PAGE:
Associate Professor of History Erik Grimmer-Solem gave a talk as part of a new lecture series hosted by the History Department

On Thursday, Sept. 11, in PAC 001, Associate Professor of History and winner of the 2013 Binswanger Prize for Excellence in Teaching Erik Grimmer-Solem gave a lecture titled “Blind Spot on the Right: The Wehrmacht, the Holocaust, and the Politics of Commemoration in Contemporary Germany.” Over 30 students and faculty attended the presentation, which was part of a new lecture series, “History Matters,” organized by the History Department.

Grimmer-Solem presented an in-depth exploration of his new research on celebrated German General Hans Grab von Sponek. In the years following World War II, many hailed von Sponek as an “anti-Nazi” after he was imprisoned for refusing Hitler’s orders during a major Soviet counter-offensive on the Crimean Peninsula in 1941. Yet Grimmer-Solem uncovered new evidence that von Sponek had cooperated in committing war crimes and crimes against humanity during the 1941 invasion of the Soviet Union, a discovery that made national news in Germany.

Grimmer-Solem’s interest in the niche subject matter stemmed from his personal history as a descendant of Norwegian spies during World War II. At the beginning of the lecture, Grimmer-Solem detailed how his grandfather, Dr. Odd Solem, was captured and sentenced to death by the Gestapo after transferring medical supplies between Britain and German-occupied Norway. Meanwhile, his grandmother, on the run at the time with Grimmer-Solem’s father, was able to contact their family friends at UCLA. These American academics used their contacts at America’s German Counterintelligence Agency to convince Hitler to reduce the sentence to a lifetime in prison, which was later reduced to five years. Solem survived the war and was liberated by French troops in 1945. Grimmer-Solem emphasized that his grandfather did not speak frequently of his experiences in war and prison.

“It’s physically and emotionally traumatic to relive those experiences,” Grimmer-Solem said. “There was no way that we could imagine the torture that he went through.”

While in prison, Solem met and befriended von Sponek, and over time he came to respect him. Due to his personal attachment with the case, Grimmer-Solem faced many challenges when trying to determine who von Sponek really was.

“Family lore was all that was left of von Sponek in my family,” Grimmer-Solem said. “The problem of historical narratives passed on by family lore is that flattering profiles figure prominently. The resistance that one encounters in questioning such narratives is often great and can come at significant personal cost.”

According to Grimmer-Solem, von Sponek commanded the 11th Army in Russia, which has been implicated in war crimes and crimes against humanity. After several trips to the German Federal Military Archives in Freiburg and analyses of war diaries and other documentation of war crimes, Grimmer-Solem realized that von Sponek’s involvement in the military was far more violent and in-depth than he had previously thought. While German history lessons frequently cite von Sponek as a hero who refused to follow Hitler’s orders, Grimmer-Solem explained how the accounts of the 11th Army detailed multiple atrocities, including the killing of innocent men, women, and children.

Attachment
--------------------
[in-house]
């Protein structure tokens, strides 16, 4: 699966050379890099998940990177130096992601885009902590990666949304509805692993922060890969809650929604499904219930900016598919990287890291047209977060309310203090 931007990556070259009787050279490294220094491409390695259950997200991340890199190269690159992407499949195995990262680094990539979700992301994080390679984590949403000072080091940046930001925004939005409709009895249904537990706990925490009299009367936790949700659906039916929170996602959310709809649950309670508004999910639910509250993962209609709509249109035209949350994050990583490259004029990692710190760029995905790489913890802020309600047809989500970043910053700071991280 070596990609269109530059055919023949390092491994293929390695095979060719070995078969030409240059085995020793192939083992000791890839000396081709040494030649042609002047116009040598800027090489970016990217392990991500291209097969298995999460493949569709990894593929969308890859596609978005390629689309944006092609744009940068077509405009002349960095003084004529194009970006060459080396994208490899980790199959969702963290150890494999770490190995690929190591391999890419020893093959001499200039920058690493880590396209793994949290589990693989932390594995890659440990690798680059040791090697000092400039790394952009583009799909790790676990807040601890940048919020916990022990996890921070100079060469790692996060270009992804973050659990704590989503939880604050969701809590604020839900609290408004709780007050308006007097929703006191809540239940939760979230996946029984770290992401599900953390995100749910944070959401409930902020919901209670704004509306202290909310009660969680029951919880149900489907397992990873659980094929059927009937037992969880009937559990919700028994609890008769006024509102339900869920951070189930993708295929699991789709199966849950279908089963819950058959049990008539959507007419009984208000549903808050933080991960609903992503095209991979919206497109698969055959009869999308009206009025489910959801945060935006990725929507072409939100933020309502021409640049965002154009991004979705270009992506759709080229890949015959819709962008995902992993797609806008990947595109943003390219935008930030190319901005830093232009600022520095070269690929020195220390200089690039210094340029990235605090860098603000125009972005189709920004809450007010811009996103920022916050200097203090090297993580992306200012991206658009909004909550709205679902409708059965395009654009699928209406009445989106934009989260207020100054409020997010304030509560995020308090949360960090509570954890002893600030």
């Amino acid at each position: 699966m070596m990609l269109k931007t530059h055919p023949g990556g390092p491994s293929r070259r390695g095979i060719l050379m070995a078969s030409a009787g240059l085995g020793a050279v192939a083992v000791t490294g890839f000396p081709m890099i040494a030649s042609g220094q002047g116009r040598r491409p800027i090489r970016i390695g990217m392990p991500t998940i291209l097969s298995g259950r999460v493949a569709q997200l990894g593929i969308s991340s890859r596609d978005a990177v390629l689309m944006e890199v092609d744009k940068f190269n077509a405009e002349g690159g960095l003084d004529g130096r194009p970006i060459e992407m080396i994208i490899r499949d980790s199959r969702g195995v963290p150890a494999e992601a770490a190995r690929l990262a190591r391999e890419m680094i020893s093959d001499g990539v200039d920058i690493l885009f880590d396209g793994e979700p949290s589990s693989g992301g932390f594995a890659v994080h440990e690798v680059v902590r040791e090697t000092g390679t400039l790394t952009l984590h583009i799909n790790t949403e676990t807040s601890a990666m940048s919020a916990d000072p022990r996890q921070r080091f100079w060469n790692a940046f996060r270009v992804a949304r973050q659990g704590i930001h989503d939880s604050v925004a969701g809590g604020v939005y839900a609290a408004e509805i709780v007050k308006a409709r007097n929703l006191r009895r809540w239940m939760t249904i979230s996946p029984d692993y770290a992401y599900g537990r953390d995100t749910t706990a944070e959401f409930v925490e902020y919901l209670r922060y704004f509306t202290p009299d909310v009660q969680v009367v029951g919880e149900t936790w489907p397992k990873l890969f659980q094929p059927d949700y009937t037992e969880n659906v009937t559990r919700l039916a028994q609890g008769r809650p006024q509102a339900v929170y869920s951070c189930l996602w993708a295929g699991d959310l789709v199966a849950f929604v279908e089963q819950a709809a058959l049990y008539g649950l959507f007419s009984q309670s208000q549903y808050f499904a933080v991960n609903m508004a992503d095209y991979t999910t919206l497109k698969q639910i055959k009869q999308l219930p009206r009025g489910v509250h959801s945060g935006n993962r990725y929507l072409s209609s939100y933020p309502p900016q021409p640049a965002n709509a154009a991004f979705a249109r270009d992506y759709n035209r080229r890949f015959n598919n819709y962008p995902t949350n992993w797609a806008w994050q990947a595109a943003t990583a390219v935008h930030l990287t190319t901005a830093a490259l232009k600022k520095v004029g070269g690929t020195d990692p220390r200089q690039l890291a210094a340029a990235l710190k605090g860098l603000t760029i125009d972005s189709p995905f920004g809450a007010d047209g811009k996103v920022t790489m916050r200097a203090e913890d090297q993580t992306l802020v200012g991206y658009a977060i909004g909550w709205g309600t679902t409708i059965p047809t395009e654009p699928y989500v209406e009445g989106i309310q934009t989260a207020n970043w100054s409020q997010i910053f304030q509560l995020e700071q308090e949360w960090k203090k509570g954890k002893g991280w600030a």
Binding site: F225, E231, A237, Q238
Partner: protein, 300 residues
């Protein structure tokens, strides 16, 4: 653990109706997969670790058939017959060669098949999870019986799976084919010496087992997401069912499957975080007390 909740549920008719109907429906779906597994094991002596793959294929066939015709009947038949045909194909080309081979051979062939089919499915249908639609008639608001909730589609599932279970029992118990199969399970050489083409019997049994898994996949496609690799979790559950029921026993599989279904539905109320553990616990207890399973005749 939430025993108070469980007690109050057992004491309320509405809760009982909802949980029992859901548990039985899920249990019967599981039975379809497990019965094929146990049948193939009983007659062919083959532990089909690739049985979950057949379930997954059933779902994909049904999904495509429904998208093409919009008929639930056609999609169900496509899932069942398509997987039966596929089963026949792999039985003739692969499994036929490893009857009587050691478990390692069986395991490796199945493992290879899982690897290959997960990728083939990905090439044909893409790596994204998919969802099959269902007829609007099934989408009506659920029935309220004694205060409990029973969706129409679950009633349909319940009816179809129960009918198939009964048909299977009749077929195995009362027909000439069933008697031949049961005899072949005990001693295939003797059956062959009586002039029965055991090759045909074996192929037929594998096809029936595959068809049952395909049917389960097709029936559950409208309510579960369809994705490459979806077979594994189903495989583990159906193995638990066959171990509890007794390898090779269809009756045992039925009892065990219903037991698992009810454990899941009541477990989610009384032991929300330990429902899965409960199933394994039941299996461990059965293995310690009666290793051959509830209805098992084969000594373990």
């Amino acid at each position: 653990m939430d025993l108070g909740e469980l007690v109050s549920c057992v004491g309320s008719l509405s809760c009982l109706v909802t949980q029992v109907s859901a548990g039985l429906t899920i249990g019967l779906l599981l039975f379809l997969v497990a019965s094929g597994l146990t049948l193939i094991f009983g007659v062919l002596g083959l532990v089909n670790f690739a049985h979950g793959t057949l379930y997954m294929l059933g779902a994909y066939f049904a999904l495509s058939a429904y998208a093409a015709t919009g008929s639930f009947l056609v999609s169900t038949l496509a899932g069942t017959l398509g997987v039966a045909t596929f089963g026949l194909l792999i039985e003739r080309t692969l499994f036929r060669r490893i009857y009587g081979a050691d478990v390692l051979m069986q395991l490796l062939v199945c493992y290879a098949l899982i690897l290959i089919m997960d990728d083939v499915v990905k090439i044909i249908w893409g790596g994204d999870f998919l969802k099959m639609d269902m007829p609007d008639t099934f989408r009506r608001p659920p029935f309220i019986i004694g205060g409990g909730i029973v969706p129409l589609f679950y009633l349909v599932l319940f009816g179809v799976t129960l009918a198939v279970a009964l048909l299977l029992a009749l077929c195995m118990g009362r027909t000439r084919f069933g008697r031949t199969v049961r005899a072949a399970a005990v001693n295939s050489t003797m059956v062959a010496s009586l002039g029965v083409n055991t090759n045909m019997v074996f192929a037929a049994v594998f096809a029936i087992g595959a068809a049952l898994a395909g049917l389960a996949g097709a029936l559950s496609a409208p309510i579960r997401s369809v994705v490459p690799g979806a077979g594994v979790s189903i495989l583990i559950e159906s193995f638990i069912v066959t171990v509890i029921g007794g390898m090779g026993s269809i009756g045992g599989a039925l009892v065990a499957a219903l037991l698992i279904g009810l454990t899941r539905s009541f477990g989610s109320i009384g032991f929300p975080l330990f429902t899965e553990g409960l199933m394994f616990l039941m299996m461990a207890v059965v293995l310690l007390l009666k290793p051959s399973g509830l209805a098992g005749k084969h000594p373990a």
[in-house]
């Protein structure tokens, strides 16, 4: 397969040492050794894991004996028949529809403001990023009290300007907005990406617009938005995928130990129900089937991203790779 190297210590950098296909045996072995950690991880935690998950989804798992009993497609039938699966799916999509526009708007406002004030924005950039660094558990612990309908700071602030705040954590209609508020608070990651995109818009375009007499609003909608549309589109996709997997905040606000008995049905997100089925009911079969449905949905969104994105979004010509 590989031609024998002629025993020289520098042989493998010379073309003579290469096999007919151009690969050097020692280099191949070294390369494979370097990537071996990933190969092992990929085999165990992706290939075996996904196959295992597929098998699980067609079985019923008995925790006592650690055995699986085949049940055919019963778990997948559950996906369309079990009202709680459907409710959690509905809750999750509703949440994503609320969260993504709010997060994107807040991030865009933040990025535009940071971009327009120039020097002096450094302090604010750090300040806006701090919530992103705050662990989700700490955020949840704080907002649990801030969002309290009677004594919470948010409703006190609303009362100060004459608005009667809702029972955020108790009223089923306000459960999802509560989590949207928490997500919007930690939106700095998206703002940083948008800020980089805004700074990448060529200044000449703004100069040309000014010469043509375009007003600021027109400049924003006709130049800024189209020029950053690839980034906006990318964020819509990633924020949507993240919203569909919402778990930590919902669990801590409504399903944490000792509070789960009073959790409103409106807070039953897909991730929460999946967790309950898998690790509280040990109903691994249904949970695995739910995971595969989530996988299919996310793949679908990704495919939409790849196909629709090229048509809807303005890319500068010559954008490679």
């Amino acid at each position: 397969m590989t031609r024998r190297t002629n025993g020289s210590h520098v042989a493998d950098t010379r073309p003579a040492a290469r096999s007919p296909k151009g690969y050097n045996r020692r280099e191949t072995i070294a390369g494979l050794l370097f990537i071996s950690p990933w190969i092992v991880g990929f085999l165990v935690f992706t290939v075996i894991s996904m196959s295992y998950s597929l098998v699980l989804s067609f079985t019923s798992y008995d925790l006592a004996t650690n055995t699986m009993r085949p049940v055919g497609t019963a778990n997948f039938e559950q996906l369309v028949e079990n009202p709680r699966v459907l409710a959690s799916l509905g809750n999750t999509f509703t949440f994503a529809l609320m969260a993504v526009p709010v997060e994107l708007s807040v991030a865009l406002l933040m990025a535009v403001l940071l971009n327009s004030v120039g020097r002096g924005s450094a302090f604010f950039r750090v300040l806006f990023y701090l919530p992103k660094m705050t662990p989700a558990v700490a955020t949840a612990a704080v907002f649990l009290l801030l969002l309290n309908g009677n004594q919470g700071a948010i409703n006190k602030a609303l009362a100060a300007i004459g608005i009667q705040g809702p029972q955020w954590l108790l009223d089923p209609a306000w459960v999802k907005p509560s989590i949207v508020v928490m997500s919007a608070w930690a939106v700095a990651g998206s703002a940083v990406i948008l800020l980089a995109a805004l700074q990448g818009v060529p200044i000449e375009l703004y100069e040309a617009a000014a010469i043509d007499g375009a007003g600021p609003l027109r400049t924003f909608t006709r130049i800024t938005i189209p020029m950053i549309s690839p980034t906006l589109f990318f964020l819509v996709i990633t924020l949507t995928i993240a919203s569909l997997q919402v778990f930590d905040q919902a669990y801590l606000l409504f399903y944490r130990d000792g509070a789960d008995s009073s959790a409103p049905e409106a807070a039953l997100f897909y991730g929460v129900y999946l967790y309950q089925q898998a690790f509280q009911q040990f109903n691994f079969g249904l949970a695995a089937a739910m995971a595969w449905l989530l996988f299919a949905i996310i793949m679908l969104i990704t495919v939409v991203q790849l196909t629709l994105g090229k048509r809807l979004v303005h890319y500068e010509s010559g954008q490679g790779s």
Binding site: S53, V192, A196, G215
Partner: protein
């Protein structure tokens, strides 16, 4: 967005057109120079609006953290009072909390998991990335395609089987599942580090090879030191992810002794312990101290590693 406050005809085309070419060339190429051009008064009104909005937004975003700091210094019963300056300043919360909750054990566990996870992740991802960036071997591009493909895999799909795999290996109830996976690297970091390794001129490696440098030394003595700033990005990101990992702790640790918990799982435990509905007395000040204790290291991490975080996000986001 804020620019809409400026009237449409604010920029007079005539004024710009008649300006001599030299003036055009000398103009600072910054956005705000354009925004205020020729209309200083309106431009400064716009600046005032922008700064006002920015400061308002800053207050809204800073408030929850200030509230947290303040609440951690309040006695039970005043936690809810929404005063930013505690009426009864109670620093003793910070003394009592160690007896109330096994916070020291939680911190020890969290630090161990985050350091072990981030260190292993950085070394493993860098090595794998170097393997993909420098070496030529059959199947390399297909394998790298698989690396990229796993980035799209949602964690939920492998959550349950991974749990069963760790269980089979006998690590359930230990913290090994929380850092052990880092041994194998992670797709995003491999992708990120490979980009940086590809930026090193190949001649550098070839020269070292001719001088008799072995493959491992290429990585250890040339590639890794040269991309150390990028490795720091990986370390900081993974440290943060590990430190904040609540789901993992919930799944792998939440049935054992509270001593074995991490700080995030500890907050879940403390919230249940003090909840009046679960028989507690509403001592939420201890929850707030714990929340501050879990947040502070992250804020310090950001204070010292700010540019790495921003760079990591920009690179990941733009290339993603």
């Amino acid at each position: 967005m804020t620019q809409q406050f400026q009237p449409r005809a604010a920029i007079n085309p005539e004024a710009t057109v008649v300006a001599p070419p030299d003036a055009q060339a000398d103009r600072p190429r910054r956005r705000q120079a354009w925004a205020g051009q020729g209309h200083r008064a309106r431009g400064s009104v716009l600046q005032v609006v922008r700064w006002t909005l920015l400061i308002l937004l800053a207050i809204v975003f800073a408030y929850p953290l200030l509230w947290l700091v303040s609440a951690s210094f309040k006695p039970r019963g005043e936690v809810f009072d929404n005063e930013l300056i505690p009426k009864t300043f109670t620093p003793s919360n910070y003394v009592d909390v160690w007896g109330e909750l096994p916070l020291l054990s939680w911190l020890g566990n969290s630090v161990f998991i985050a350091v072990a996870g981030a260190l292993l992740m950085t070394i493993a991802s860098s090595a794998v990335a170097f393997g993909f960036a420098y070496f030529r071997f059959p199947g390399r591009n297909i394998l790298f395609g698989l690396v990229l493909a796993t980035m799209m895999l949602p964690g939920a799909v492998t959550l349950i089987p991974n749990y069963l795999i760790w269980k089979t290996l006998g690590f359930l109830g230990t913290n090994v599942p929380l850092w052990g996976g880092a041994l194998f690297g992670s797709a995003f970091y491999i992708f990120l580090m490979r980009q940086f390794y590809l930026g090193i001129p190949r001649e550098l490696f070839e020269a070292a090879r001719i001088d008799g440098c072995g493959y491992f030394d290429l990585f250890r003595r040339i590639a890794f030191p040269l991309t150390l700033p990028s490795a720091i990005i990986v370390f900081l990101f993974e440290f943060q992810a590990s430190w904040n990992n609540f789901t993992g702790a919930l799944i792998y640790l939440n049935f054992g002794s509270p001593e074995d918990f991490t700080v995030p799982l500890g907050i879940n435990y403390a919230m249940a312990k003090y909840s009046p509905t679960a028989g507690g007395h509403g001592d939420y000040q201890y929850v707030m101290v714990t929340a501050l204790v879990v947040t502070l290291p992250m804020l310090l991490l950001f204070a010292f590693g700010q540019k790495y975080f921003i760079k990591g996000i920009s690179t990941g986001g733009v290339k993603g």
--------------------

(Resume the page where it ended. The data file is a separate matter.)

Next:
“This information was in plain sight in public records, but no one had the curiosity to research it,” Grimmer-Solem said. “There are many problems of selective historical narratives that are part of official history. Enormous public investments are made in [a] particular story as monuments for political and social pedagogical purposes, and the hurdles faced in getting counter-narratives accepted are often daunting.”

Grimmer-Solem noted that multiple Nazis who were implicated in war crimes were never legally pursued or their trials never fully resolved.

“There are over 10,000 prosecutable dossiers of people implicated in war crimes as Nazis, though only 6,000 were pursued legally,” Grimmer-Solem said. “But this is only because most of those contained in the records were dead by the time the records were shown. And the post-war judiciary and police [were] both biased and rampant with institutionalized racism.”

Grimmer-Solem’s research and national media reports about his work have led Germany to order the re-naming of an army base near the city of Germersheim, where local citizens adamantly protest the name change.

Students in HIST 362: Issues in Contemporary Historiography were required to attend the lecture. Jonathan Crook ’16 commented on the lecture’s correlation with class discussions.

“I really enjoyed this lecture and found it really interesting,” Crook said. “It directly connects with what we’re learning in class, which basically focuses on the myths of history and how history can be reinterpreted by media and overtime.”

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